This fall, Renee Bourdeaux draws on her expertise in psychological research and her experience as a college professor to offer tips on building strong relationships with academic colleagues. In addition to applying her academic knowledge, each week Renee will also offer a prayer and a practical exercise to help build community in academic settings. Read Post 1 here.
Meetings. Meetings. Meetings. I don’t think that I have made it one week of my career-life without some type of meeting at work. Prior to the week I crafted this blog post, I attended a meeting to interview a potential colleague, a meeting with colleagues over lunch, a meeting about strategic planning for the university, a meeting about curriculum development (I am a pro at those lately), and a meeting to explore organizational functioning. Even though the content of those meetings may not have always been earth shattering, I did enjoy the meetings. I truly liked each and every one of those meetings because I got to hang out and connect with my colleagues. Meetings provide an opportunity for me to talk with my colleagues about our shared experiences at our university.
Symbolic Convergence Theory (SCT) (Bormann, 1982, 1985, 1990, 1994; Bormann, Cragan, & Shields, 1996, 2001) may help to explain why I (and many others) enjoy these collegial connections at meetings. SCT explains that members come together in a group and talk to make sense of their common experience. During this group conversation, members share emotions, motives, and meaning, which then leads to the group feeling more cohesion. SCT suggests that by simply talking with each other during group meetings, we make sense of the commonalities that brought us together for the meeting in the first place, and this communication actually causes the group to become a stronger, more close-knit group.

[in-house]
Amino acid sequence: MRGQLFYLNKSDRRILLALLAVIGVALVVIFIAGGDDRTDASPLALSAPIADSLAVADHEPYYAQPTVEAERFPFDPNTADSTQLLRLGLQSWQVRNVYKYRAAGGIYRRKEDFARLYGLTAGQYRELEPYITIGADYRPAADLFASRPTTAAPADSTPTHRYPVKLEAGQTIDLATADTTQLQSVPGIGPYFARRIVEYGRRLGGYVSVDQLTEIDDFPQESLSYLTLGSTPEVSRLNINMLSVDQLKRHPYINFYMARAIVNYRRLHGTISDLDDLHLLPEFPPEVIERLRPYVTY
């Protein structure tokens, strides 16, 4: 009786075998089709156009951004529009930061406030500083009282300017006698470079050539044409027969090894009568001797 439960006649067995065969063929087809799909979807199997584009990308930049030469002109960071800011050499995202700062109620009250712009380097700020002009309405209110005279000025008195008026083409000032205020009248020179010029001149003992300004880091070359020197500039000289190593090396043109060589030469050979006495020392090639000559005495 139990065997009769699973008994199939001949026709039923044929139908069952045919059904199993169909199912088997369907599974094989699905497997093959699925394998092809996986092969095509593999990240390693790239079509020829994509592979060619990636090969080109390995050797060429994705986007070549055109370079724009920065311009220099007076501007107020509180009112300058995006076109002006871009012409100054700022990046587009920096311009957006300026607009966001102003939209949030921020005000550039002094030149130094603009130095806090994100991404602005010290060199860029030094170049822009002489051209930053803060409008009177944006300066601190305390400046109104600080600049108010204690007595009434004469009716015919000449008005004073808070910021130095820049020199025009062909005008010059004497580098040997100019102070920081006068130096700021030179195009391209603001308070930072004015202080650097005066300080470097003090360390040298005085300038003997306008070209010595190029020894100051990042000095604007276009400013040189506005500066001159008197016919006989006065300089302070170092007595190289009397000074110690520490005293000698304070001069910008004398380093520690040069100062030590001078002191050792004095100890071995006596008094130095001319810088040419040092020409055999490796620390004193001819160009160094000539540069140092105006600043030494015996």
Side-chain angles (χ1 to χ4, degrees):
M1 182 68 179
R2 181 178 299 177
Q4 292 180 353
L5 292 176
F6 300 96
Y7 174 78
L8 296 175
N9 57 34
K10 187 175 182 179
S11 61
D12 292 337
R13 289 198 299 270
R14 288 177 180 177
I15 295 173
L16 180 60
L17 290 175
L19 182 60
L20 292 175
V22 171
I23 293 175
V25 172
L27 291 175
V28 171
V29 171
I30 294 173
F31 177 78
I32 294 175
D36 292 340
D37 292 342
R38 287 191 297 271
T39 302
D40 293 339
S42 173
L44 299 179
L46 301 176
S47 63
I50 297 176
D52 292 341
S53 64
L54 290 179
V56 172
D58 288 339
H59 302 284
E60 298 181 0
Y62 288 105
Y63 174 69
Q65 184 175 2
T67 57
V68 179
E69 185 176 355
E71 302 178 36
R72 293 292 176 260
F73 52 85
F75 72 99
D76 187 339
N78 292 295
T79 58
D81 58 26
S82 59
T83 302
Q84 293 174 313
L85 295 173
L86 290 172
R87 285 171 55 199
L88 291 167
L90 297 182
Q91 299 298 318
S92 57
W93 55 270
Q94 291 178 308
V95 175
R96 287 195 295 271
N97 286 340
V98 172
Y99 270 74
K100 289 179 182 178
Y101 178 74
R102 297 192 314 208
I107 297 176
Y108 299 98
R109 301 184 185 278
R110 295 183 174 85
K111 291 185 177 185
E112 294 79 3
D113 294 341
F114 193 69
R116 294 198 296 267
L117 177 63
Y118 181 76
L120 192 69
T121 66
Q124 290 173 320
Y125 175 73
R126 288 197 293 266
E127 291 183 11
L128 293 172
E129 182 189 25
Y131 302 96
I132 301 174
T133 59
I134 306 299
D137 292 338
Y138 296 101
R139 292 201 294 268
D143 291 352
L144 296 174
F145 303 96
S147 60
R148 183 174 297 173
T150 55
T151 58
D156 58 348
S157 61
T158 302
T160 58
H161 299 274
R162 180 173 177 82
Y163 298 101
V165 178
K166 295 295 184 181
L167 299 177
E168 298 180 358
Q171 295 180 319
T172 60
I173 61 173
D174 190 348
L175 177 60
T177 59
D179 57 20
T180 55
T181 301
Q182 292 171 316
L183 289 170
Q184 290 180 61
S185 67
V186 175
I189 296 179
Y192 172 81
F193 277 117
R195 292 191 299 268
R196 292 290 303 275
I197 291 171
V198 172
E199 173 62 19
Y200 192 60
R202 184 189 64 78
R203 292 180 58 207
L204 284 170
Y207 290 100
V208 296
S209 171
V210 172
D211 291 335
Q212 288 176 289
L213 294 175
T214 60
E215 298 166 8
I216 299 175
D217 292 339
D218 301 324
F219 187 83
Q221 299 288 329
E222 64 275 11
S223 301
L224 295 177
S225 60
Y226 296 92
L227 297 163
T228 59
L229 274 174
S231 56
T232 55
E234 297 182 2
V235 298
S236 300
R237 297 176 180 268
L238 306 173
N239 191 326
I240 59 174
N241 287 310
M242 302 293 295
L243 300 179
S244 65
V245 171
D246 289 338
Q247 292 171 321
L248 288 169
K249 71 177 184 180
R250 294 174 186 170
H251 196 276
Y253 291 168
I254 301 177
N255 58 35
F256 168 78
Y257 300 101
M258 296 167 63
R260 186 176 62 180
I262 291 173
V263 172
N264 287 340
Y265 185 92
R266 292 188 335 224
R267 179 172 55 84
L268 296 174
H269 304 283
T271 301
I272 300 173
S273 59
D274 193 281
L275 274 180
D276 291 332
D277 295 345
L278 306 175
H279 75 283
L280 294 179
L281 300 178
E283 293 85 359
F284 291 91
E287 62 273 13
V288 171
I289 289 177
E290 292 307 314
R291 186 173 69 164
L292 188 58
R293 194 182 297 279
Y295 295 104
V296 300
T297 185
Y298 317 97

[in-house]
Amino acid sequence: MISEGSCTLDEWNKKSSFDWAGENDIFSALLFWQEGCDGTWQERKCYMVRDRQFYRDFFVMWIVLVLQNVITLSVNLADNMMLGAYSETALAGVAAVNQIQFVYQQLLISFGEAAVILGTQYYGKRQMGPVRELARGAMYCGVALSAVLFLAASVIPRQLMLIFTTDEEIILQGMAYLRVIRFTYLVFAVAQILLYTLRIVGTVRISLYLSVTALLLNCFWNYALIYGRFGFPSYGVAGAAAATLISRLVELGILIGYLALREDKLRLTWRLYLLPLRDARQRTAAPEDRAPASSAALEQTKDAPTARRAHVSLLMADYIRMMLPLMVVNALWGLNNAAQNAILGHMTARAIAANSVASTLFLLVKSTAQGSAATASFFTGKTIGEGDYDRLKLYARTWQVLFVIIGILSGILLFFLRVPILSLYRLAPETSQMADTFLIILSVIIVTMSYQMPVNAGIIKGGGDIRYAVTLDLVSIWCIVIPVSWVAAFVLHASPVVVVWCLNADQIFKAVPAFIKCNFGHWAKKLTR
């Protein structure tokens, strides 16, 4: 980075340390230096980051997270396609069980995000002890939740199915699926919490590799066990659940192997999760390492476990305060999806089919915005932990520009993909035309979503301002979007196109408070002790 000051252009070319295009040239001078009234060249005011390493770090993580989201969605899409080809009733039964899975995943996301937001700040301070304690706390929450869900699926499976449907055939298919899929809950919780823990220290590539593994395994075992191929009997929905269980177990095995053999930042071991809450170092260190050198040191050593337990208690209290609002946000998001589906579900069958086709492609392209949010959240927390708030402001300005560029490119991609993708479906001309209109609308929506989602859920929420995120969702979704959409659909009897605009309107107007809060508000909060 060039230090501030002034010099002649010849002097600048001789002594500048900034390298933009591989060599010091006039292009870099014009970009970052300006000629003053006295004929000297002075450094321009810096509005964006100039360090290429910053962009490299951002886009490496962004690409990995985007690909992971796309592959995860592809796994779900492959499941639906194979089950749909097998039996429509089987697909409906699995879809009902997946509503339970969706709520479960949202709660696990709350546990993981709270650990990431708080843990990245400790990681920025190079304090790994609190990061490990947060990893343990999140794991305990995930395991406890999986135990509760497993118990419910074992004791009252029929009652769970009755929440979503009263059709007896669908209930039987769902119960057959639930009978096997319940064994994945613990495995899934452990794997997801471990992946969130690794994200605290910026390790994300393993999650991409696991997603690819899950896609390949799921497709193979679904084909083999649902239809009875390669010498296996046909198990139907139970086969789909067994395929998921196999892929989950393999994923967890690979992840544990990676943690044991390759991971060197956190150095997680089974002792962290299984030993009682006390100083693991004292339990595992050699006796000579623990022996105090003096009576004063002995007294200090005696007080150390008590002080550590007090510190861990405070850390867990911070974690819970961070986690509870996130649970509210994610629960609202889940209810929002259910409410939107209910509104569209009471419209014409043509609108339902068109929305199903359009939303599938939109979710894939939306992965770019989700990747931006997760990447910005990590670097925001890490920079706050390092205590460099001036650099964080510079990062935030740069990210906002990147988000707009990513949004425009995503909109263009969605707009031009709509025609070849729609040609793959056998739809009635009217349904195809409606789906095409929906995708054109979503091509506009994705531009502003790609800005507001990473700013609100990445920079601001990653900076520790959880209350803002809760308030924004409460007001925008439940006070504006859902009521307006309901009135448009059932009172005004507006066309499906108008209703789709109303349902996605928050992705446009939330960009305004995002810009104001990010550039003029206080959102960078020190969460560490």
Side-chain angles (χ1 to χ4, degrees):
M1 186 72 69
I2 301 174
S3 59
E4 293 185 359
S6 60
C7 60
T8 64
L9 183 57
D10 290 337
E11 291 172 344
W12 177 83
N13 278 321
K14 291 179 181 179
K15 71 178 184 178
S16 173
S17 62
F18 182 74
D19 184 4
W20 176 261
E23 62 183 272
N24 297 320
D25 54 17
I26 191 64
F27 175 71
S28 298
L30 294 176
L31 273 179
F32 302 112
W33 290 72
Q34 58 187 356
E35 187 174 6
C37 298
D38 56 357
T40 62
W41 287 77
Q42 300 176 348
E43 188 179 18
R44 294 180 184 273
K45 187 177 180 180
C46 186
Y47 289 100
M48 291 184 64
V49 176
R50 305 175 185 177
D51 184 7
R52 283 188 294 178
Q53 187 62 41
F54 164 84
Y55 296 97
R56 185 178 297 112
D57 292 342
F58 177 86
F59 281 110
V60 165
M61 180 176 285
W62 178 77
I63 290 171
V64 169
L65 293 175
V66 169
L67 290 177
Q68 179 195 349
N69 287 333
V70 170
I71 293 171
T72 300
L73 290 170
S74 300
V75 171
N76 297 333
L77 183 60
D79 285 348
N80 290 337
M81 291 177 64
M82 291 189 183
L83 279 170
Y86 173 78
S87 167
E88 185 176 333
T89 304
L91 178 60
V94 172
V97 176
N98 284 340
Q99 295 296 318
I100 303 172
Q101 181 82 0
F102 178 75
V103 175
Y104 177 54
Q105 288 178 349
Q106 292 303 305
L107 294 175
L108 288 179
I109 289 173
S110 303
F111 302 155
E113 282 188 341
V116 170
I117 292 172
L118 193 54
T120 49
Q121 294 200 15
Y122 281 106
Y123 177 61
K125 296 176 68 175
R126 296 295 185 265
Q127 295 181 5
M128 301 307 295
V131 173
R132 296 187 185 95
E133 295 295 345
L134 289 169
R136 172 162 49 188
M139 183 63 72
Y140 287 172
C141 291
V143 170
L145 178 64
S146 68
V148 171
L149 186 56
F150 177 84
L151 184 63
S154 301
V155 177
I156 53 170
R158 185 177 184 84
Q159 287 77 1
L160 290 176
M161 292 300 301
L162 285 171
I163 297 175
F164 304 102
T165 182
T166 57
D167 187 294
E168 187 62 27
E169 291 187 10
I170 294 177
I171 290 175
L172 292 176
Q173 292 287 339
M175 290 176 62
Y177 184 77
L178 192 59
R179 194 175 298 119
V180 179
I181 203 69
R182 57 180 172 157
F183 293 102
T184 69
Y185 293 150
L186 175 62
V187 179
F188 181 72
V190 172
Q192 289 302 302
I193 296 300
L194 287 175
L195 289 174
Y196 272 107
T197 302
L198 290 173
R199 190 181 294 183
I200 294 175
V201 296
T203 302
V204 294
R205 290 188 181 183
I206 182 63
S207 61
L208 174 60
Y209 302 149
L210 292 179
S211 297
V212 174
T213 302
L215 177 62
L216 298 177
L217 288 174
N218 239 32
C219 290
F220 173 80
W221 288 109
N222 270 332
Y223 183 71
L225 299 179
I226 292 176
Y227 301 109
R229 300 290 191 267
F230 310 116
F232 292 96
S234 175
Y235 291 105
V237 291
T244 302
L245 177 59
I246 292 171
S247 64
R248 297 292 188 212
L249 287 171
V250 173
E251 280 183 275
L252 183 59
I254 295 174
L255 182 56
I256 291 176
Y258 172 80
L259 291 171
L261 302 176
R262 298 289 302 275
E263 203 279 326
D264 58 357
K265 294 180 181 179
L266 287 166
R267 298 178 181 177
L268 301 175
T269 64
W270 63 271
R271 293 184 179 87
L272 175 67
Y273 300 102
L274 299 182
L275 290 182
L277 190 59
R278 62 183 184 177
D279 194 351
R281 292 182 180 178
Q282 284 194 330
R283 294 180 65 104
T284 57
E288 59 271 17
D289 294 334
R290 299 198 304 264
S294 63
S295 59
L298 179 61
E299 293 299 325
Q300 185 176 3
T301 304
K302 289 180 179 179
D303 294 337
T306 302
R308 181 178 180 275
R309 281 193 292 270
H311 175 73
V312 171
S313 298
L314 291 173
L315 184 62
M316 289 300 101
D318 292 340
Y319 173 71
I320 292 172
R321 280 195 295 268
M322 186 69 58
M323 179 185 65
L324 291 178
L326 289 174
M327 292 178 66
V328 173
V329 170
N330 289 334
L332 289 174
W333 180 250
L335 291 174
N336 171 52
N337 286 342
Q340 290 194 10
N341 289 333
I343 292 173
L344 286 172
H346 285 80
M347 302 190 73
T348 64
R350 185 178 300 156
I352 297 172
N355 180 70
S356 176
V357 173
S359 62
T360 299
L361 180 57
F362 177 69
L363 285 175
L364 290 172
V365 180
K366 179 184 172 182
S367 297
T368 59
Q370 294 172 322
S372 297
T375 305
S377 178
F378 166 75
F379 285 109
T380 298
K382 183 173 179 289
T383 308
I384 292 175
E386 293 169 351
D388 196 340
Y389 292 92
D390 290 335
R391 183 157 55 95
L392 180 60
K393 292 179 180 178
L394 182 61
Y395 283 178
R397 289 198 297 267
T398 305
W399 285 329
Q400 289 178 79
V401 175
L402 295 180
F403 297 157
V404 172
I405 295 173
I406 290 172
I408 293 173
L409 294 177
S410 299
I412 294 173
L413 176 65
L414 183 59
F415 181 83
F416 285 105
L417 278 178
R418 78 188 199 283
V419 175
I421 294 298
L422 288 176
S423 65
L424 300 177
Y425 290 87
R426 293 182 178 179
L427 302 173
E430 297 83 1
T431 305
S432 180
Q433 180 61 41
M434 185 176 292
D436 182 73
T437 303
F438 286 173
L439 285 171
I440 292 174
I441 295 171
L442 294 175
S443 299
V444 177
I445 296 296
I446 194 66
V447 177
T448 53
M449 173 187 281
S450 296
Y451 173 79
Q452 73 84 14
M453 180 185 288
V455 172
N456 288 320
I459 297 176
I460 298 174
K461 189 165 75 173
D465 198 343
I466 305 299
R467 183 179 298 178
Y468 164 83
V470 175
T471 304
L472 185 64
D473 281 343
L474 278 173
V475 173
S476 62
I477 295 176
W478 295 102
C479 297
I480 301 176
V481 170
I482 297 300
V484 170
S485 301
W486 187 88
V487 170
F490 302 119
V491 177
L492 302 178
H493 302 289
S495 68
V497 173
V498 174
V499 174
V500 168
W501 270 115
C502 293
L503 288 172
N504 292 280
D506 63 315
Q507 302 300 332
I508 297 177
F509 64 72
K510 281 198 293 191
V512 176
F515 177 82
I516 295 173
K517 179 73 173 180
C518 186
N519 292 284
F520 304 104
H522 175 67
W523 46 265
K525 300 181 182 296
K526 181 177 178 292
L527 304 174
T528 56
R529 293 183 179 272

Although this communication theory itself is somewhat complex, the principles are simple. In a meeting, we must venture beyond the task at hand to also talk about our shared experiences when we come together. By sharing how each of us experiences the group, we not only learn more about each other, but according to SCT, we also strengthen our group’s identity and our motivation for being together. One simple way to accomplish this is to make time in your own schedule to either come early to a meeting or leave late from a meeting so you have time for conversations with others.
C.S. Lewis, in The Four Loves, said, “Friendship … is born at the moment when one man says to another “What! You too? I thought that no one but myself . . .” When people talk about their shared experiences in a meeting, they often realize they are not alone in experiencing the ups and downs of work. These honest conversations connect individuals to each other, in addition to helping the group develop a stronger sense of purpose and understanding collectively. To forge friendship and connection in meetings, we must make a commitment to share our experiences with our colleagues so we continue to learn about each other, strengthen our group’s identity, and reinforce our motivation for coming together.
Week Two Prayer: Ever-loving God, you have called us to live in communion with each other. We ask that you help us to openly communicate about our shared experiences whenever we are meeting with our colleagues. Please inspire our words so that we may share the experiences on our hearts so that as colleagues, we may work toward a better, stronger work group. Please God be present in each meeting interaction we encounter this week to guide us and our meeting connections.
Week Two Challenge: In your next meeting, ensure the group dedicates time for members to share and then talk together about how they are feeling about work this week.